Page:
Psychological Trauma and the Legacies of the First World War by Jason Crouthamel, Peter Leese

By Jason Crouthamel, Peter Leese

This transnational, interdisciplinary examine of anxious neurosis strikes past the prevailing histories of scientific concept, welfare, and symptomatology. The essays discover the private traumas of infantrymen and civilians within the wake of the 1st international conflict; in addition they speak about how reminiscence and representations of trauma are transmitted among sufferers, medical professionals and households throughout generations. The e-book argues that to this point the hectic results of the battle were considerably underestimated. Trauma was once formed via gender, politics, and character. To discover the various different types of trauma neglected by way of scientific and political experts, this quantity attracts on varied assets, corresponding to kinfolk data and narratives by means of little ones of traumatized males, files from movie and images, memoirs by means of infantrymen and civilians. This cutting edge examine demanding situations us to think again our method of the advanced mental results of the 1st global War.

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This is due to the very visual nature of a facial wound and is also a response to the way in which facially-wounded men were often used as emblems, or visual markers of wartime suffering. Yet moving the focus onto the personal and subjective sufferings of mutilated men serves to highlight the multi-layered and variable nature of trauma across post-war Europe. 18 Men with facial injuries occupied a different category. Their trauma was not a direct result of war but was a response to the disfigurements caused by battle and so their histories highlight not just the horrors of war but also the difficulties of homecoming, primarily the fear of being ostracized and marginalized.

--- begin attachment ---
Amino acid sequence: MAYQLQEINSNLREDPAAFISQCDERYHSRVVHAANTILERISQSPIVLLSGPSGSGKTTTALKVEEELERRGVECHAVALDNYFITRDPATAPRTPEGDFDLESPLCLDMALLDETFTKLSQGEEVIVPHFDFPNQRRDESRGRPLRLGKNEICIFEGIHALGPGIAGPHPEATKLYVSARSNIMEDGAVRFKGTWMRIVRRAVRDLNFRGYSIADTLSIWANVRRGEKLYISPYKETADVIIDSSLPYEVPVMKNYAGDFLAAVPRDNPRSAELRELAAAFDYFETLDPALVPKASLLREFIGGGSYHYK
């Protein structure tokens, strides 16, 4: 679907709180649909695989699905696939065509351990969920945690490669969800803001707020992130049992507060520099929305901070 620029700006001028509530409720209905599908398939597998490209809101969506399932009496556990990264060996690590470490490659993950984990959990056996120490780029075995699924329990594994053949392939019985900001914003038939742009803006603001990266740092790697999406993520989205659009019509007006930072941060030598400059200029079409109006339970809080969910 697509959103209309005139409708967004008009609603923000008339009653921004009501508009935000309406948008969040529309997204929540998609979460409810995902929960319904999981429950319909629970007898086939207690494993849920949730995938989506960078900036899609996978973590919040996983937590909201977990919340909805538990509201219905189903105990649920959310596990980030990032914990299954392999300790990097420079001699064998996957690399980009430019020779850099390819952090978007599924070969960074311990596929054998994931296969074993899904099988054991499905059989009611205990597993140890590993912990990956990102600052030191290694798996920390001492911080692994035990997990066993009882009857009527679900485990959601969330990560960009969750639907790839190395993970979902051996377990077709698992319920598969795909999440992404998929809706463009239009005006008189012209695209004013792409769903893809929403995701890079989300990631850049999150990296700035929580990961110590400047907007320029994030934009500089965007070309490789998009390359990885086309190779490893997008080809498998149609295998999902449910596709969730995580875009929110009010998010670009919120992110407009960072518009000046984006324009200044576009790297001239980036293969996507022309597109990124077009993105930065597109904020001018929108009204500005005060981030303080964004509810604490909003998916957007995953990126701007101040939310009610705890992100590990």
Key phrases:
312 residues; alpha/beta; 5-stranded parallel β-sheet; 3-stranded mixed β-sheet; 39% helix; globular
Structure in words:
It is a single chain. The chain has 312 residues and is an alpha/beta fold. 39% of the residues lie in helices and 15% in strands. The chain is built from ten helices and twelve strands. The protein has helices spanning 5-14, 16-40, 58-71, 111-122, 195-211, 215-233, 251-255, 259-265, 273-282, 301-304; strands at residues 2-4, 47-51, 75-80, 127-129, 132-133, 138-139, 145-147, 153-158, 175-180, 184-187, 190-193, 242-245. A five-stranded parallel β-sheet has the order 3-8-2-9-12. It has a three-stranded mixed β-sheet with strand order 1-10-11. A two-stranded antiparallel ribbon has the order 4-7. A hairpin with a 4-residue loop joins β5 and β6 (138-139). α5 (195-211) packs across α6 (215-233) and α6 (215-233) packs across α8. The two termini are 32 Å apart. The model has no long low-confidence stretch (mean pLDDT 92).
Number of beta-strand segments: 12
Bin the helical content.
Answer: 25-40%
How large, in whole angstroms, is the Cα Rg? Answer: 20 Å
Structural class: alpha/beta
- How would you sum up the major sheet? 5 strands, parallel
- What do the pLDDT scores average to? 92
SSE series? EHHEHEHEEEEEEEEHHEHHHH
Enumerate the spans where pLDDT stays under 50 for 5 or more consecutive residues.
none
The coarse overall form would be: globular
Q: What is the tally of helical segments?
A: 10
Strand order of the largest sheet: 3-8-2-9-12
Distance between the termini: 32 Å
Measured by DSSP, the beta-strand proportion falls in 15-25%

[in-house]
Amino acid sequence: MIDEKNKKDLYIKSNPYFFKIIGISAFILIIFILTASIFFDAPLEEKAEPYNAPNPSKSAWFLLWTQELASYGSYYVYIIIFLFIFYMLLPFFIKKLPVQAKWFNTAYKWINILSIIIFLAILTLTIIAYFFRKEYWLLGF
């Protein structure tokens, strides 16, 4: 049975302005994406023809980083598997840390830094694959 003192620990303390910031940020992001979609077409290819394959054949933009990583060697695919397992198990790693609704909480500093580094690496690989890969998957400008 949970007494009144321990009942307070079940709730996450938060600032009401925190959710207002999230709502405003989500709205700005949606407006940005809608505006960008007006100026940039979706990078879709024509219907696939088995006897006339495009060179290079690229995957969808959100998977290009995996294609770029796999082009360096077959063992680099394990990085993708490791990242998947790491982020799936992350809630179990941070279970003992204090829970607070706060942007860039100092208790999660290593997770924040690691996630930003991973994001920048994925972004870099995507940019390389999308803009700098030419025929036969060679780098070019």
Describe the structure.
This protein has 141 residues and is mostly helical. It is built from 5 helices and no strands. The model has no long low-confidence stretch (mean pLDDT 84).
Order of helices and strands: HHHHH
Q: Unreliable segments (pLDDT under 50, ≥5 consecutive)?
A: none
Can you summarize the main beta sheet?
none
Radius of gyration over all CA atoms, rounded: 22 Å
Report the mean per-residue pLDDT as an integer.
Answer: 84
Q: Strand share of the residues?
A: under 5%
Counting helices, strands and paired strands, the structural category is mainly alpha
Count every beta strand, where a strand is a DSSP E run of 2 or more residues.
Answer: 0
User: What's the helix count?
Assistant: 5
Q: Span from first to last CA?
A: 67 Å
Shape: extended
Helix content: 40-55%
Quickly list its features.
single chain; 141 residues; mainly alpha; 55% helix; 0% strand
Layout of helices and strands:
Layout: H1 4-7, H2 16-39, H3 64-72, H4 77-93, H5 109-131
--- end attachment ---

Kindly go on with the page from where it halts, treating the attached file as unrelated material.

Marjorie Gehrhardt, The Men with Broken Faces: Gueules Cassées of the First World War (Bern: Peter Lang, 2015). 15. Joanna Bourke, The Story of Pain: From Prayer to Painkillers (Oxford: Oxford University Press, 2014), 5. 16. John Keegan, A History of Warfare (London: Hutchinson, 1993), 76. The extent to which warfare has been an entirely masculine activity is of course debateable. See John Lynn, Women, Armies and Warfare in Early Modern Europe (Cambridge: Cambridge University Press, 2008). 17. Woods Hutchinson, The Doctor in War (London, Cassell and Co, 1919), 359.

H. Kaufman, J. Mctavish, R. Mitchell, “The Gunner with the Silver Mask: Observations on the Management of Severe MaxilloFacial Lesions over the Last 160 Years,” Journal of the Royal College of Surgeons of Edinburgh, 42:6, December 1997, 367–375. 24. Harold Gillies, Plastic Surgery of the Face (London: Frowde, 1920), 3. 25.

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